Workshop Symbolism

Workshop Symbolism

Anything that has a deeper meaning beyond its appearance, is a symbol. Although not all your readers might pick up on the symbols you use in your story or poem, the readers who do pick up on your symbols might recognize how your story or poem gains in strength. Still symbols can be interpreted in different ways, as every person (e.g. writer or reader) has its own personal knowledge and context. Some symbols are quite straightforward, for example the arrow and archer’s skills of Katniss Everdeen from the Hunger Games. The arrow and archery skills match her direct, purpose-full personality. Other symbols are less easy to interpret, or may have double meanings, or different associations amongst different people. For example the colour “orange”. In the Netherlands this colour is associated with nationality, King’s Day, and certain celebrations; in a lot of Asian countries this colour represents spirituality and joy; in North America this colour indicates changes and the start of autumn, until Halloween and Thanksgiving. Symbols do not have to be complicated; the meaning is most apparent when the symbol is common.

Examples of common symbols: chain, mirror, bride, ladder, black, white, red, garden, wild nature, predatory animals, pastoral animals, fire,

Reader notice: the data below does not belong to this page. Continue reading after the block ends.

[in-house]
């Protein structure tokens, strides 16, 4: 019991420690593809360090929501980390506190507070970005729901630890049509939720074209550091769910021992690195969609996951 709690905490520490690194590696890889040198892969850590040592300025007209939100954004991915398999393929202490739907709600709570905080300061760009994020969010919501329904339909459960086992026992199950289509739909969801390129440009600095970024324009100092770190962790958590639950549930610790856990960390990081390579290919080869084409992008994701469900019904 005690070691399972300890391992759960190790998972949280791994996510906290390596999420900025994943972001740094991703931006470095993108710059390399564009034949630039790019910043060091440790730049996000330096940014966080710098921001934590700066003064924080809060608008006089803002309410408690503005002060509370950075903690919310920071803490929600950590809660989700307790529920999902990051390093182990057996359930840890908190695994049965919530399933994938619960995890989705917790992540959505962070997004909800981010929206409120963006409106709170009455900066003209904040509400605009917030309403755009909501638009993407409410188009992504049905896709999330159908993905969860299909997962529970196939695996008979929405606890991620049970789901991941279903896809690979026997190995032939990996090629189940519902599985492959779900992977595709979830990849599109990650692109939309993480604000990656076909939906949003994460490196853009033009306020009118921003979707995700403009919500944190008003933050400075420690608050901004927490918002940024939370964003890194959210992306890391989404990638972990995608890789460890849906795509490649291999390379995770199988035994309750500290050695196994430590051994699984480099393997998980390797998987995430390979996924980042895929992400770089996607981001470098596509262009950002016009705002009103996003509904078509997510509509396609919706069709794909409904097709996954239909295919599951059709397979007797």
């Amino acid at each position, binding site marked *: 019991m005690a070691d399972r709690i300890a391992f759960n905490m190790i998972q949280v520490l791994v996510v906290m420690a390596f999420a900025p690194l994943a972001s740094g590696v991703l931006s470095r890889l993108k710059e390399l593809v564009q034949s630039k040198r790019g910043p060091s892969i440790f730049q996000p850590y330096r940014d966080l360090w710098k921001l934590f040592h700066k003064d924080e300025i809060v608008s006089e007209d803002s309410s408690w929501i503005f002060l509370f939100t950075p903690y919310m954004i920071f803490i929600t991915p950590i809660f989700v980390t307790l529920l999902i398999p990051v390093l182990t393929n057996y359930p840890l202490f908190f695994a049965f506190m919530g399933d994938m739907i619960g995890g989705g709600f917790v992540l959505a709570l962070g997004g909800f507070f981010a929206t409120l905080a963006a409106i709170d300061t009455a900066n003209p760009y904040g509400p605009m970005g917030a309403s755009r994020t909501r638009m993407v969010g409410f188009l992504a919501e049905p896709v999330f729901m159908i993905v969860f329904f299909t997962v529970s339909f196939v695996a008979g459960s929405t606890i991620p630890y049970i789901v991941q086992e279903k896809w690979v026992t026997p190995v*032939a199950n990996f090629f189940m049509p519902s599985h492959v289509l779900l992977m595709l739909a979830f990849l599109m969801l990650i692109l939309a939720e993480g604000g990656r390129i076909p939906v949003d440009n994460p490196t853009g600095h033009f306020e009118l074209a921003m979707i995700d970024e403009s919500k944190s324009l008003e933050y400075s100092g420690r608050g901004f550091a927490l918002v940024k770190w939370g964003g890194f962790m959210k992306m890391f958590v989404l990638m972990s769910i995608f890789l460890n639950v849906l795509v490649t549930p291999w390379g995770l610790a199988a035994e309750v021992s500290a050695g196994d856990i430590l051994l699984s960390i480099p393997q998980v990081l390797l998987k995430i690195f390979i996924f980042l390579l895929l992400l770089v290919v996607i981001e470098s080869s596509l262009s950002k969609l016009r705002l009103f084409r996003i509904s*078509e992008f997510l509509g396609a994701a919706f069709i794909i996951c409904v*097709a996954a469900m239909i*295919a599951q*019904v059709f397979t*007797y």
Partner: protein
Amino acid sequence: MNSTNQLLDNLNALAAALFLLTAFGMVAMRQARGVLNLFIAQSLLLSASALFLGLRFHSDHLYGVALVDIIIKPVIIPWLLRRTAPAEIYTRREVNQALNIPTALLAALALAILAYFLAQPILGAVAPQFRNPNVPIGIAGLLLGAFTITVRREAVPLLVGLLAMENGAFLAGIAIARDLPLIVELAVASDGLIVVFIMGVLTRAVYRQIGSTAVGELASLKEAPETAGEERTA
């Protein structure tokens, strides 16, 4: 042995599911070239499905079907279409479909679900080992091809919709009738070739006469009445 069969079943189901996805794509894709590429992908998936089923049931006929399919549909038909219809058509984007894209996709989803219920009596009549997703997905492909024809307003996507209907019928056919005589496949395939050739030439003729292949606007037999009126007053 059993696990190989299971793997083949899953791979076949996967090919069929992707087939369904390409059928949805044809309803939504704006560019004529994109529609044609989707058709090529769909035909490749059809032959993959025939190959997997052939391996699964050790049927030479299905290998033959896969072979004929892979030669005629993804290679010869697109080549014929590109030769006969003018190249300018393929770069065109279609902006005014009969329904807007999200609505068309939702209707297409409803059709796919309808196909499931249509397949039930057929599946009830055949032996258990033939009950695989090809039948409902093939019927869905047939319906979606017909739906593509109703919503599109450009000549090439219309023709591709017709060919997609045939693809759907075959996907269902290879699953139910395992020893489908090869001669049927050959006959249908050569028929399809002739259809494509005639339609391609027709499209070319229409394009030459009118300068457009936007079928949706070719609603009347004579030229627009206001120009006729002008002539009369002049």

Assignment 1. Choose one or more common symbols. You can also add one or more yourself. Now describe how you would use these symbols in a story. Write for 10 minutes.

Symbolism can be used for foreshadowing as well: a small occurrence or detail may have a much larger meaning than your reader might guess at first.

Assignment 2. Start writing an introductory scene where you use a small occurrence or detail that symbolises the mood of a character. Write for 10 minutes.

Symbolism is often used to deepen a character, such as the arrow and archery skills of Katniss Everdeen.

A white rabbit often represents a herald: a character archetype that announces a first (new) challenge or the call to adventure. A white rabbits appears first in Alice in Wonderland, after which it appeared in The Matrix, Star Trek, Los, Jurassic Park, and in The Long Walk by Stephen King.

Assignment 3. Write a short scene where a white rabbit announces a first challenge or call to adventure. Write for 10 minutes.

Symbols are often associated with big themes such as revenge, narcissism, love, or redemption.

Assignment 4. Think of a big theme such as mentioned above (you can also pick one of these) and think of something that could symbolise this big theme. Work for 5 minutes.

Assignment 5. Create a character with one ore more clear attributes that strengthen the character’s personality. Use: name, age, gender, looks, favourite food, strength, weakness, crazy obsession, symbolic attribute(s). Work for 10 minutes.

Assignment 6. In the previous assignment you have created a character. Now write a short scene where you introduce this character at the city centre of a large town. Write for 20 minutes.

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About chb

Writer, scientist, puzzled by mankind.
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